The purpose of this exception is to allow agency members to discuss information made confidential by law that is pertinent to the agency’s business. Pennsylvania and Federal laws make a wide variety of information confidential, including income tax returns, medical records, and public assistance grants. If discussion or quasi-judicial deliberation of such information is required, an agency may hold an executive session for that purpose. “Quasi-judicial deliberations” refers to the consideration of evidentiary facts and legal principles in preparation for the issuance of a ruling regarding someone’s rights or liabilities. For example, an agency would engage in such a process after a hearing in order to decide whether to issue or revoke a license or grant or deny a zoning variance.

In order to hold an executive session pursuant to this exception, the agency must have a need to discuss information recognized as confidential, such as its referral of a possible criminal offense to an investigative agency or the medical records of an employee. Many times, such information does not routinely come under the scrutiny of local government, or, if it does, it is dealt with at the administrative level or as part of an executive session called for a different – although related – reason.

The next reason for an executive session is really self-explanatory. The Act states that “duly constituted committees” of the governing bodies of state-owned, state-related and state aided institutions of higher education may meet in executive session to discuss matters of academic admission or standing. Since a student’s academic performance is generally regarded as a private matter under current law, it is not surprising that the legislature would allow a college admissions or academic standing committee to discuss such a matter in private.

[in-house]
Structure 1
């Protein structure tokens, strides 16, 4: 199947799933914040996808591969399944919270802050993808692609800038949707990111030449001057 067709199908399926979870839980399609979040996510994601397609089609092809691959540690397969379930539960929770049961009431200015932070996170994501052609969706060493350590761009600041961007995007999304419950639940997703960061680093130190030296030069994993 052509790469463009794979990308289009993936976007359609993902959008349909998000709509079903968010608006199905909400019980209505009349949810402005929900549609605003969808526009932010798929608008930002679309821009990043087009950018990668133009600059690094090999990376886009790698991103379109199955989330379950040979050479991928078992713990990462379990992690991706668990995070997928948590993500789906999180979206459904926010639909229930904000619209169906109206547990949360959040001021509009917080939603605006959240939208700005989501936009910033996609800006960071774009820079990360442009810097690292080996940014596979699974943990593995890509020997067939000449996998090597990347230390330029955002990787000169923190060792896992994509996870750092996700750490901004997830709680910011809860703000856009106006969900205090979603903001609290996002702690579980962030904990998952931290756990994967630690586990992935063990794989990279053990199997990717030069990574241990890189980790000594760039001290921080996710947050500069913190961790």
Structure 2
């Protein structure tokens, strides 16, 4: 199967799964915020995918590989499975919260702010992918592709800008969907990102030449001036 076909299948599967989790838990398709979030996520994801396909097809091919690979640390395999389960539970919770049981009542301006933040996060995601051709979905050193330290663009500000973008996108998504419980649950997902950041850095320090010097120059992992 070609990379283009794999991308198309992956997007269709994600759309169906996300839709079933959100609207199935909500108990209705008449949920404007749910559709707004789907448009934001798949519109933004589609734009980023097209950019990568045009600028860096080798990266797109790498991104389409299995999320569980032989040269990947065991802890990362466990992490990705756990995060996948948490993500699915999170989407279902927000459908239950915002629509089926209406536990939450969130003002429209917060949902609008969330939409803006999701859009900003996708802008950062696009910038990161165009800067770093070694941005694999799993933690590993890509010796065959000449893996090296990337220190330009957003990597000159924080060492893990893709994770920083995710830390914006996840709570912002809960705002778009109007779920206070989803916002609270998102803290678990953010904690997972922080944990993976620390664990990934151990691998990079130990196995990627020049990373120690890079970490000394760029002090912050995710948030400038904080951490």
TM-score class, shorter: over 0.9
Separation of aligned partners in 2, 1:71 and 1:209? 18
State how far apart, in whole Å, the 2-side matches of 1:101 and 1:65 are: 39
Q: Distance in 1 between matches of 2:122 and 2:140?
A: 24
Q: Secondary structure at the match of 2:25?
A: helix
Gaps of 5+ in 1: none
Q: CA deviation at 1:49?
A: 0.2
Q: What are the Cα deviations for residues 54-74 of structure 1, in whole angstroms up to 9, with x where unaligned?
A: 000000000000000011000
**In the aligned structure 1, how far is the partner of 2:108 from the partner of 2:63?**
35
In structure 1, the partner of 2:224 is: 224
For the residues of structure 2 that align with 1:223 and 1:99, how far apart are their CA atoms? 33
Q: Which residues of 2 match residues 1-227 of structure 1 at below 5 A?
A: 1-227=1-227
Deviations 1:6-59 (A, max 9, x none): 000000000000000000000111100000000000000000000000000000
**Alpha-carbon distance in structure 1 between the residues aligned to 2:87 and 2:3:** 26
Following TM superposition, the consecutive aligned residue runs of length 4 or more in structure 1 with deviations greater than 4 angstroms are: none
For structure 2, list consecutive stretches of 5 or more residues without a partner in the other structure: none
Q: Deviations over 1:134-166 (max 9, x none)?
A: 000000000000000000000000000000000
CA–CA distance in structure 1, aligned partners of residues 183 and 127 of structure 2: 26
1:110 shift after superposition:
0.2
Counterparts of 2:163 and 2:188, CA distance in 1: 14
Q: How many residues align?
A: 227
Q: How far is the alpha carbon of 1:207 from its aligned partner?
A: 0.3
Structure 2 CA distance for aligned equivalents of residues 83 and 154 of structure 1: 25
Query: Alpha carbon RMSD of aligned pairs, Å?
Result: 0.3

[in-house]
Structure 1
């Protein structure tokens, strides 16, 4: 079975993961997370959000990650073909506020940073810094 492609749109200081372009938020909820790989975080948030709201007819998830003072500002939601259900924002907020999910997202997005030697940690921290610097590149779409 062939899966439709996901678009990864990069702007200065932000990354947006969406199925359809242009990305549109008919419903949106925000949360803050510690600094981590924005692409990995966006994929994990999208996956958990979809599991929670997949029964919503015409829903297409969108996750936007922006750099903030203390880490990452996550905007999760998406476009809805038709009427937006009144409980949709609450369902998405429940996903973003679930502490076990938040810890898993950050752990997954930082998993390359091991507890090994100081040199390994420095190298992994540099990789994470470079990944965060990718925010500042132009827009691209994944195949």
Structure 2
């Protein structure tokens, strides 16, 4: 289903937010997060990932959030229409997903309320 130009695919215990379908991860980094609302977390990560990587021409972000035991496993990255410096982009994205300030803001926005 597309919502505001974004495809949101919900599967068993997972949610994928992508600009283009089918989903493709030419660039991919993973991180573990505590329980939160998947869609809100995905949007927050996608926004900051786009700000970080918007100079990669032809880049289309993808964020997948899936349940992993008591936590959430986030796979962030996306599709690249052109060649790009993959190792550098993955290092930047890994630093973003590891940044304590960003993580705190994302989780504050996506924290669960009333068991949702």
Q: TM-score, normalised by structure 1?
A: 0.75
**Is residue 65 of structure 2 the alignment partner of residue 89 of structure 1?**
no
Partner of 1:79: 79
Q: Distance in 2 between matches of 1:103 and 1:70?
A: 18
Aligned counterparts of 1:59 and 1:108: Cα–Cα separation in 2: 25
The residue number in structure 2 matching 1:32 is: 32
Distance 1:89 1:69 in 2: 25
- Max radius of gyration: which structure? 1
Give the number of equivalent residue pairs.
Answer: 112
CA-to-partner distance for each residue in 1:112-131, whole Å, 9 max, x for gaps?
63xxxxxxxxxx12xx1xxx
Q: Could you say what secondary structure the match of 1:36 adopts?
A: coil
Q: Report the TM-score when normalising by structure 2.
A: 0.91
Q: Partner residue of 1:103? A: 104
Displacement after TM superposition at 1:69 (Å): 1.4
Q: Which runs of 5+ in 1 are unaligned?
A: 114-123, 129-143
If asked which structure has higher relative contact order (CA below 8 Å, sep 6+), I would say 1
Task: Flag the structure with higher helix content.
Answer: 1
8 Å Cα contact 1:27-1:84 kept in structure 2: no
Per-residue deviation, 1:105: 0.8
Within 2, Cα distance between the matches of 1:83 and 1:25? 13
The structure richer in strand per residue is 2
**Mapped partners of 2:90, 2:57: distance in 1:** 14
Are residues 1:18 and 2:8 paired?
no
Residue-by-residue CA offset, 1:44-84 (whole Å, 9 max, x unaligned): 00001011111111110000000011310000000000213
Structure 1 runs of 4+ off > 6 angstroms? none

The final reason for an executive session was added in 2018, largely in response to concerns about mass shootings in schools and other public places. This provision allows executive sessions “[T]o discuss, plan or review matters and records that are deemed necessary for emergency preparedness, protection of public safety and security of all property in a manner that if disclosed would be reasonably likely to jeopardize or threaten public safety or preparedness or public protection.”

It is important to remember this exception does not give agencies unfettered discretion to discuss all safety-related issues behind closed doors, and any alleged misuse of the executive session is subject to challenge. For example, the discussion about whether to create a school safety officer position would not be appropriate for executive session under this exception because the discussion does not fit the requirements of the law. School safety officers operate in the open and in full view of fellow staff, students and the general public. As such, whether to create and fund such a position within a school should be discussed at a public meeting. In contrast, the discussion about a security study that highlights shortcomings in an agency’s security or safety plan could be appropriate for a safety executive session under the Sunshine Act.